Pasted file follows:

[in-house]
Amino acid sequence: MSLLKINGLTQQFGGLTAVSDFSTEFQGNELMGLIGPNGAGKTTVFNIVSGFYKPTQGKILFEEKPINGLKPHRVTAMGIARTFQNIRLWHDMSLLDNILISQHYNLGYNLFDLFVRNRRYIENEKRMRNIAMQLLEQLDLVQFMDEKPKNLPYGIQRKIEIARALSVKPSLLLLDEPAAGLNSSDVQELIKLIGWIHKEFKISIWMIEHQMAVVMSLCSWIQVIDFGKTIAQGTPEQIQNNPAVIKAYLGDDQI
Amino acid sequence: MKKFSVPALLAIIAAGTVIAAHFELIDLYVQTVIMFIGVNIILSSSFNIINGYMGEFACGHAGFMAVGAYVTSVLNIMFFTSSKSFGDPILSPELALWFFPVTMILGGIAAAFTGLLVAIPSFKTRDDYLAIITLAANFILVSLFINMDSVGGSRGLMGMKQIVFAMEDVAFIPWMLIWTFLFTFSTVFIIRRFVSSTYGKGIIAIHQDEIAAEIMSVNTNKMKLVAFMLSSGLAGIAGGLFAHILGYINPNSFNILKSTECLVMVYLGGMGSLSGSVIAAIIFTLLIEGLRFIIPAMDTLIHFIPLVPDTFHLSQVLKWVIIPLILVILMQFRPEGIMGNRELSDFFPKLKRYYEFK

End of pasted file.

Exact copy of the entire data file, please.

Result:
[in-house]
Amino acid sequence: MSLLKINGLTQQFGGLTAVSDFSTEFQGNELMGLIGPNGAGKTTVFNIVSGFYKPTQGKILFEEKPINGLKPHRVTAMGIARTFQNIRLWHDMSLLDNILISQHYNLGYNLFDLFVRNRRYIENEKRMRNIAMQLLEQLDLVQFMDEKPKNLPYGIQRKIEIARALSVKPSLLLLDEPAAGLNSSDVQELIKLIGWIHKEFKISIWMIEHQMAVVMSLCSWIQVIDFGKTIAQGTPEQIQNNPAVIKAYLGDDQI
Amino acid sequence: MKKFSVPALLAIIAAGTVIAAHFELIDLYVQTVIMFIGVNIILSSSFNIINGYMGEFACGHAGFMAVGAYVTSVLNIMFFTSSKSFGDPILSPELALWFFPVTMILGGIAAAFTGLLVAIPSFKTRDDYLAIITLAANFILVSLFINMDSVGGSRGLMGMKQIVFAMEDVAFIPWMLIWTFLFTFSTVFIIRRFVSSTYGKGIIAIHQDEIAAEIMSVNTNKMKLVAFMLSSGLAGIAGGLFAHILGYINPNSFNILKSTECLVMVYLGGMGSLSGSVIAAIIFTLLIEGLRFIIPAMDTLIHFIPLVPDTFHLSQVLKWVIIPLILVILMQFRPEGIMGNRELSDFFPKLKRYYEFK